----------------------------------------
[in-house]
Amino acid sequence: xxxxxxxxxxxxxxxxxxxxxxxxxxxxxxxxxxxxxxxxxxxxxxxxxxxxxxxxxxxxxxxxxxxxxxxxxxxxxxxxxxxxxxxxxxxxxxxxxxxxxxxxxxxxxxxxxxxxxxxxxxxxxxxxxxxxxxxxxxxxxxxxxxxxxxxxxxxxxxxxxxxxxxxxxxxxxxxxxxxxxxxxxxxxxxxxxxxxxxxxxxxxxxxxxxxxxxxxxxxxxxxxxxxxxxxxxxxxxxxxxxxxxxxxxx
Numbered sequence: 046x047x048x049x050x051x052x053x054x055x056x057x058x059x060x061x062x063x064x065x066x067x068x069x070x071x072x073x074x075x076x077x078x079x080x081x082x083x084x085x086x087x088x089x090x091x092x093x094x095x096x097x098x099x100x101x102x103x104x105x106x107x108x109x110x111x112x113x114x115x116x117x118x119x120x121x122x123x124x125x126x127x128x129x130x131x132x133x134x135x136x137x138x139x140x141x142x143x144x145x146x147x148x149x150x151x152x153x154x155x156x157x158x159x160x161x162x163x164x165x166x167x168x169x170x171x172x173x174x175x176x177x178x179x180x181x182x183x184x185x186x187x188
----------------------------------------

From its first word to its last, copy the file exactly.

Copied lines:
[in-house]
Amino acid sequence: xxxxxxxxxxxxxxxxxxxxxxxxxxxxxxxxxxxxxxxxxxxxxxxxxxxxxxxxxxxxxxxxxxxxxxxxxxxxxxxxxxxxxxxxxxxxxxxxxxxxxxxxxxxxxxxxxxxxxxxxxxxxxxxxxxxxxxxxxxxxxxxxxxxxxxxxxxxxxxxxxxxxxxxxxxxxxxxxxxxxxxxxxxxxxxxxxxxxxxxxxxxxxxxxxxxxxxxxxxxxxxxxxxxxxxxxxxxxxxxxxxxxxxxxxx
Numbered sequence: 046x047x048x049x050x051x052x053x054x055x056x057x058x059x060x061x062x063x064x065x066x067x068x069x070x071x072x073x074x075x076x077x078x079x080x081x082x083x084x085x086x087x088x089x090x091x092x093x094x095x096x097x098x099x100x101x102x103x104x105x106x107x108x109x110x111x112x113x114x115x116x117x118x119x120x121x122x123x124x125x126x127x128x129x130x131x132x133x134x135x136x137x138x139x140x141x142x143x144x145x146x147x148x149x150x151x152x153x154x155x156x157x158x159x160x161x162x163x164x165x166x167x168x169x170x171x172x173x174x175x176x177x178x179x180x181x182x183x184x185x186x187x188